COLUMBUS, Ohio (WCMH) — The aftermath of a national tragedy or natural disaster, like Hurricane Ian, pulls at the heart strings of many and inspires them to act and act quickly.

As Hurricane Ian and its 150-mph winds made landfall on the west coast of Florida Wednesday, people across the U.S. moved to donate money and supplies to those directly impacted by the Category 4 storm that’s poised to cause widespread damage.

“Give what you can,” Kevin Scally, chief relationship officer at Charity Navigator, said. “So, if that’s materials, if that’s using your voice and encouraging other people to support, if that’s volunteering, giving is giving, and certainly give until it feels good.”

Scally, whose organization vets and evaluates the legitimacy of more than 1 million U.S. charities and nonprofits, said it’s important to give with your heart and your head — by researching the charity before you donate to make sure your money goes straight to the source.

“Typically, it’s best to go directly to the non-profit,” he said. “You want to make sure that it’s going to an organization that’s valid, vetted and trusted.”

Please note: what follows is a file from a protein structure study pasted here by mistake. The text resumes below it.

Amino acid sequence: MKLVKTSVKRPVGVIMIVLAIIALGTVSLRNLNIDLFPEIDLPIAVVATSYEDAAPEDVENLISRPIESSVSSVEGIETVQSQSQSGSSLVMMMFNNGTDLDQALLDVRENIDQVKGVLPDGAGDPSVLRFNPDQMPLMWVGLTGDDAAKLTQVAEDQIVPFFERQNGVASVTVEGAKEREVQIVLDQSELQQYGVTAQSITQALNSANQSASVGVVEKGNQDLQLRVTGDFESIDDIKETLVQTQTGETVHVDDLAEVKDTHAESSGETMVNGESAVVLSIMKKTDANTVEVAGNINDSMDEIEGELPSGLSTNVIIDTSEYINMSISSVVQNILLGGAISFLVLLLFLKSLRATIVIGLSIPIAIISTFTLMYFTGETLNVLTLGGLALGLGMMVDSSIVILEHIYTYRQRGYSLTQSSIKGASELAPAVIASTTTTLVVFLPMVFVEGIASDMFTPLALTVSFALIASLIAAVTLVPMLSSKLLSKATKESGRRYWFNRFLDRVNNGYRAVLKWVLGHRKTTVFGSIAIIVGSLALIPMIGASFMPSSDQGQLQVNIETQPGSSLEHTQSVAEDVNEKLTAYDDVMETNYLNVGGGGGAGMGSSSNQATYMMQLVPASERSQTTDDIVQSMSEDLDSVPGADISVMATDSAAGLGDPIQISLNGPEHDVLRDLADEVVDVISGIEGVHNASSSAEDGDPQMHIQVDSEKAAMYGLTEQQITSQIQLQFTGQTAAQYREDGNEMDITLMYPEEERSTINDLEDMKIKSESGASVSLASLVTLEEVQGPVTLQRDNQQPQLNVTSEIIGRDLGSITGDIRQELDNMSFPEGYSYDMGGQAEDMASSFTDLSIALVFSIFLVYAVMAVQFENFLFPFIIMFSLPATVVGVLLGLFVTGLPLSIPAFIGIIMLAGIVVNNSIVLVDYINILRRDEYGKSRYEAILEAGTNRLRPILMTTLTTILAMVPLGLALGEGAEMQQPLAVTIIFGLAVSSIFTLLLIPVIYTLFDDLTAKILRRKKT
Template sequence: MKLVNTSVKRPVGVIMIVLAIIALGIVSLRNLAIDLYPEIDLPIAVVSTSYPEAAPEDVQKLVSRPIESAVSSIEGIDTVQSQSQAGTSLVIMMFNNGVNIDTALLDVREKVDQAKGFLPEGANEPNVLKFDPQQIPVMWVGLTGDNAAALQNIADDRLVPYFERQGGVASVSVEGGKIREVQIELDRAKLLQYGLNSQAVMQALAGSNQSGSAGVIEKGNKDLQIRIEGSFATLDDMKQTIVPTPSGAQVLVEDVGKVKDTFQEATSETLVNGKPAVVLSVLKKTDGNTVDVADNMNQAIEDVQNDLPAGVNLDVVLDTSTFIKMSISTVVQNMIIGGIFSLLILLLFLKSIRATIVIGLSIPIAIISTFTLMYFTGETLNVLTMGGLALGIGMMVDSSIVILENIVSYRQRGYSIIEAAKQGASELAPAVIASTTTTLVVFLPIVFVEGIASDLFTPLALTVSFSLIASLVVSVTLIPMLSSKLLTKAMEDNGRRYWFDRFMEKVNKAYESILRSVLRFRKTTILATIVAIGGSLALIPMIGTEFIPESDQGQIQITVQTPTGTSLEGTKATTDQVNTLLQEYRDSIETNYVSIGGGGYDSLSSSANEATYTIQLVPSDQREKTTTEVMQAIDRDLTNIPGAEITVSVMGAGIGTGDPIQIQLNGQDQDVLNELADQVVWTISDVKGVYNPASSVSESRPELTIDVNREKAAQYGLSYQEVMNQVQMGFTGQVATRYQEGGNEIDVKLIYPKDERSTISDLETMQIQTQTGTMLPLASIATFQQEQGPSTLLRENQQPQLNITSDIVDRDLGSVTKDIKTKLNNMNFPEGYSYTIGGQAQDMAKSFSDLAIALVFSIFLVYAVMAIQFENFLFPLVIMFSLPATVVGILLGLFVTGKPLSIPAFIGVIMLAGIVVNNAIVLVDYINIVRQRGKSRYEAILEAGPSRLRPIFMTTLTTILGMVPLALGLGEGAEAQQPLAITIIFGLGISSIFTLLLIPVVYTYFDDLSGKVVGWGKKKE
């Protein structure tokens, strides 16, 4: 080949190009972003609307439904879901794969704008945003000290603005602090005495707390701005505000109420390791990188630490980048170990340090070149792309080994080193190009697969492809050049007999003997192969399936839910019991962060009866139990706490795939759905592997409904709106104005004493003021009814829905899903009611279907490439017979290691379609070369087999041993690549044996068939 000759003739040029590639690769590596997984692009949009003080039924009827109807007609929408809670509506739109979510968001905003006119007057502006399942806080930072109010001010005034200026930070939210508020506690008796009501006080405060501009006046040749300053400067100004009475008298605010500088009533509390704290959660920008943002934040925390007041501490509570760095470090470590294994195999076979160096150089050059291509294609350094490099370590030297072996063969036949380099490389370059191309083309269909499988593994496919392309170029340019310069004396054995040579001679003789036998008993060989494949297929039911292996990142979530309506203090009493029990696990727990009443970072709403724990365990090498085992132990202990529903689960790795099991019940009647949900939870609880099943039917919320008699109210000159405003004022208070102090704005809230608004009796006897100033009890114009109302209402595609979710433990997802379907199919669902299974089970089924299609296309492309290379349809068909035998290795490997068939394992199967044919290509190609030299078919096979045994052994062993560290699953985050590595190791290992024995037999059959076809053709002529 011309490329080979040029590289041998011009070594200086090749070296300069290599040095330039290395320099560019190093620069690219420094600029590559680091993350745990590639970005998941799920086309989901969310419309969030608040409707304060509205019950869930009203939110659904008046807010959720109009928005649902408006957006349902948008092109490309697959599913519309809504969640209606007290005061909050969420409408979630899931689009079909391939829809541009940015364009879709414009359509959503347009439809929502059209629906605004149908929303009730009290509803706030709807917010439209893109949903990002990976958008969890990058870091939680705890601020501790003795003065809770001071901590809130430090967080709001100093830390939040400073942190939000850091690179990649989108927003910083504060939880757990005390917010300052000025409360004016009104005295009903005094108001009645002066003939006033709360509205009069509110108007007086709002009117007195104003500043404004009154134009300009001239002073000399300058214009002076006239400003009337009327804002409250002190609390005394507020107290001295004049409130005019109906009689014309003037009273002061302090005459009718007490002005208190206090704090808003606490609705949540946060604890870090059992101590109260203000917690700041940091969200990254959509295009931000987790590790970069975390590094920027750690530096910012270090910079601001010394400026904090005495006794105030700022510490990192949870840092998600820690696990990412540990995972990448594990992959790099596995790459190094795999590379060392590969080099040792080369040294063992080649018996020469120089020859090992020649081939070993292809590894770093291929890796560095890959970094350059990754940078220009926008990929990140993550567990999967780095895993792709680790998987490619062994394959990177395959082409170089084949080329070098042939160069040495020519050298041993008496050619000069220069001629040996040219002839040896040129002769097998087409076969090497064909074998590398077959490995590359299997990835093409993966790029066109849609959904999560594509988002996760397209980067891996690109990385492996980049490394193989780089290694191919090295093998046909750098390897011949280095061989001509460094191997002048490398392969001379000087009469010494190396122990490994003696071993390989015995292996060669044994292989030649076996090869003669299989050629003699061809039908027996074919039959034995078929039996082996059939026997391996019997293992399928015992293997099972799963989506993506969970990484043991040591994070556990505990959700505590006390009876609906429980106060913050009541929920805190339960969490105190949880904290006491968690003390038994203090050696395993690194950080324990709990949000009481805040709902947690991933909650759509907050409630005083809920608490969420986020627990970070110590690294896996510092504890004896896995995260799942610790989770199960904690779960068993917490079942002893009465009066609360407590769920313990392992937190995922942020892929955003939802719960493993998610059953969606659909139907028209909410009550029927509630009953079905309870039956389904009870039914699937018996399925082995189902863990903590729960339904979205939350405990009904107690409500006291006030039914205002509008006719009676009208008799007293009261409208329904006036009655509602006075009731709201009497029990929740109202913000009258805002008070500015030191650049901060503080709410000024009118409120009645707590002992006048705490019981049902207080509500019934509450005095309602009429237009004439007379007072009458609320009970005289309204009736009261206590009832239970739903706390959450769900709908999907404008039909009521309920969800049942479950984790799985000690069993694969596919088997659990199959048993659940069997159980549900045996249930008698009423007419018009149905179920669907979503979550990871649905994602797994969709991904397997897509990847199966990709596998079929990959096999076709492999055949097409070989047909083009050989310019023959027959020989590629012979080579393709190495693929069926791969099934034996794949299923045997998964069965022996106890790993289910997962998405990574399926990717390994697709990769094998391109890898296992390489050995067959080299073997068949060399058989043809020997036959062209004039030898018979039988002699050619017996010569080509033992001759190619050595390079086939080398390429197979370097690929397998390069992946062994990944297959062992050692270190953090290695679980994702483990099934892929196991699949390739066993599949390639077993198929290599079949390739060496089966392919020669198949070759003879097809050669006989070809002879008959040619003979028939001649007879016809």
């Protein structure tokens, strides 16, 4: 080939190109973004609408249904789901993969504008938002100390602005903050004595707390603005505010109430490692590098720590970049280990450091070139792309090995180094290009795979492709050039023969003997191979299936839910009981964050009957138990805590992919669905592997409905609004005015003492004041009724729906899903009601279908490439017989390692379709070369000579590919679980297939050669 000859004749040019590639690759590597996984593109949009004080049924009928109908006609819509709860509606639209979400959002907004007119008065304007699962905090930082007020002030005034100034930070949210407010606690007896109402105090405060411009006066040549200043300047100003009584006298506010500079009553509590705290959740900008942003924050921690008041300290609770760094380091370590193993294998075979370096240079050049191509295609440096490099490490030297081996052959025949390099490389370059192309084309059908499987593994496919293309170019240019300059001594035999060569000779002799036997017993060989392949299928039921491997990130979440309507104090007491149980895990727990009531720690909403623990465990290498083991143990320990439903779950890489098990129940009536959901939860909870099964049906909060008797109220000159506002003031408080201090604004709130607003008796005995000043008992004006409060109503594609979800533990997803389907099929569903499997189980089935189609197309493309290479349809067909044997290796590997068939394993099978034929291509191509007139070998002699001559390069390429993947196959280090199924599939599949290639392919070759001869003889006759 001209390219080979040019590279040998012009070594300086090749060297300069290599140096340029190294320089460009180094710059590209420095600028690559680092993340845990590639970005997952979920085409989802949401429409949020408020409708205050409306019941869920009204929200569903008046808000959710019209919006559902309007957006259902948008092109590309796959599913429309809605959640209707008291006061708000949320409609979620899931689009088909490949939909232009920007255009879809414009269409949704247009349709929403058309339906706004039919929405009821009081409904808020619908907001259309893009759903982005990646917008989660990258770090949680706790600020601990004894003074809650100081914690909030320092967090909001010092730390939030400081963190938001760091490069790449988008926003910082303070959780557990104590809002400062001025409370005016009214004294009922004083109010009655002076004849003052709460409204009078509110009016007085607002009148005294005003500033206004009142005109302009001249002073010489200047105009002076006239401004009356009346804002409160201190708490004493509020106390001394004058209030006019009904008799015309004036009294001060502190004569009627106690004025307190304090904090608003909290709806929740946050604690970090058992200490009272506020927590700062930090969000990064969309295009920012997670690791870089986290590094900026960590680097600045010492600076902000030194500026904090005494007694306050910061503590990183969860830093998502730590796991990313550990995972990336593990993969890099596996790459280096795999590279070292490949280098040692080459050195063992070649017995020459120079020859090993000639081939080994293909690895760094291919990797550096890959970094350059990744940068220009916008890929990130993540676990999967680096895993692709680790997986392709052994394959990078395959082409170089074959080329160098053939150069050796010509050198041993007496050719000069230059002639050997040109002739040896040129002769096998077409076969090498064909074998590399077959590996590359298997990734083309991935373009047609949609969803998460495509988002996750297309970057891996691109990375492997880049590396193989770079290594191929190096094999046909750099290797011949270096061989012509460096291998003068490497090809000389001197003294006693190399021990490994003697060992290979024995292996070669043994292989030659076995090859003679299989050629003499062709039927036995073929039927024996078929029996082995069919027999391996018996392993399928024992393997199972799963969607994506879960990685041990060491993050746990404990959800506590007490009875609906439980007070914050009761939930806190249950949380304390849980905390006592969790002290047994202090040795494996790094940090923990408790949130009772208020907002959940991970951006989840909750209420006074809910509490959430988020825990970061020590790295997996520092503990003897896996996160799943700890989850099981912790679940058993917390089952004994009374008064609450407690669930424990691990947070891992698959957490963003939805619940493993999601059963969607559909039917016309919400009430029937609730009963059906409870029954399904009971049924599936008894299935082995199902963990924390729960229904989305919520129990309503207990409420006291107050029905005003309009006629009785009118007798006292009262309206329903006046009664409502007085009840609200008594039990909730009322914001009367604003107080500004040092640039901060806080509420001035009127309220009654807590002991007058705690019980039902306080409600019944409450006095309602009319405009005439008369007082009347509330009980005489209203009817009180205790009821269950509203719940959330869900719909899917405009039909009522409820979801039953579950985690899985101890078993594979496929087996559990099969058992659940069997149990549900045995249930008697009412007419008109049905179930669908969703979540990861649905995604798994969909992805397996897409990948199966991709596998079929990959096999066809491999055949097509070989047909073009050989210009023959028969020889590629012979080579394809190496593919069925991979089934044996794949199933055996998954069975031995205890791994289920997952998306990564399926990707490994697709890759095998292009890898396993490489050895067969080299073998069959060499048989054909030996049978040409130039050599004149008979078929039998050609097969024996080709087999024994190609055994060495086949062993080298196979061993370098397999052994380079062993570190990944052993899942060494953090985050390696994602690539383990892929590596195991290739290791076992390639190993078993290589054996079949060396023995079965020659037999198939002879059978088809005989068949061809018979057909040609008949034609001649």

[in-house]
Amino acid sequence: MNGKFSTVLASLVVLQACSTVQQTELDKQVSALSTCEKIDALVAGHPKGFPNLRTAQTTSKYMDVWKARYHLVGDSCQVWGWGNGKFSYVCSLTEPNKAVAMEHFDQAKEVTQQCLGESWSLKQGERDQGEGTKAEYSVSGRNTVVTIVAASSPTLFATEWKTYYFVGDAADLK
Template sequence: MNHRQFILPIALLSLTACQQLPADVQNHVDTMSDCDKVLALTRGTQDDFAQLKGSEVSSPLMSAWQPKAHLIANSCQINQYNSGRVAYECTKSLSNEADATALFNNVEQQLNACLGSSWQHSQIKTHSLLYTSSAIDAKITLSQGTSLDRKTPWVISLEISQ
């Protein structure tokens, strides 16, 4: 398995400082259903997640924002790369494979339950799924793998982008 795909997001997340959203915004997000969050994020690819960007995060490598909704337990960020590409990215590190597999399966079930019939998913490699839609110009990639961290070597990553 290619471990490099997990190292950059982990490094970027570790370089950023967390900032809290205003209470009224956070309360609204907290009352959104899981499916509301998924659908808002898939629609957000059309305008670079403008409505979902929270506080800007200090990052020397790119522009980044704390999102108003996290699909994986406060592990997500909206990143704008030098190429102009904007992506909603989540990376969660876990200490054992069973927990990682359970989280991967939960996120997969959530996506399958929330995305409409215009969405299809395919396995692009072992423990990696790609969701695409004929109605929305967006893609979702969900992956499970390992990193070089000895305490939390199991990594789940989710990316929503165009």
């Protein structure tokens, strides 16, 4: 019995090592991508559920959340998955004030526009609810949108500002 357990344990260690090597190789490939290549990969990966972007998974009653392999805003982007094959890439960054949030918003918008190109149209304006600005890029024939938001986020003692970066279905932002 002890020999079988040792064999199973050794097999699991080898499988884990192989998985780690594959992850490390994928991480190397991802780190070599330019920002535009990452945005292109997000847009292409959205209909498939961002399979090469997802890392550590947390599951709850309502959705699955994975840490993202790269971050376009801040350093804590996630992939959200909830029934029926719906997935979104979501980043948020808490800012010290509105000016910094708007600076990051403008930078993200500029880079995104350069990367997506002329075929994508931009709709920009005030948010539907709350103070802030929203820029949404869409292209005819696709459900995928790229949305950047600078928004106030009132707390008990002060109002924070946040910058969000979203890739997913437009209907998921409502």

Oftentimes, when disaster like Hurricane Ian strikes, email inboxes are flooded with messages asking the recipient to donate to a cause. But Scally cautioned against clicking on every link or donating to a person or organization that reaches out first.

“There’s going to be a lot of different appeals going out. You’re going to get phone calls and text messages and emails,” Scally said. “You absolutely want to steer away from any sort of unsolicited communication that you’re getting.”

And, he said it’s important to consider how to donate.

“Typically, donating with credit card is much more safe than donating with bank information or using something like CashApp or Venmo,” Scally said. “You’re doing something that’s really good. You’re opening your heart, you’re opening your wallet, and you want to make sure that that money’s going to use where you want it to.”

If you make a donation and find out after the fact that it is fraudulent, report it to local law enforcement, the Ohio Attorney General’s Office, and the Federal Trade Commission.

If you’re still looking for the right charity, Charity Navigator and the Better Business Bureau can direct you to vetted and verified organizations.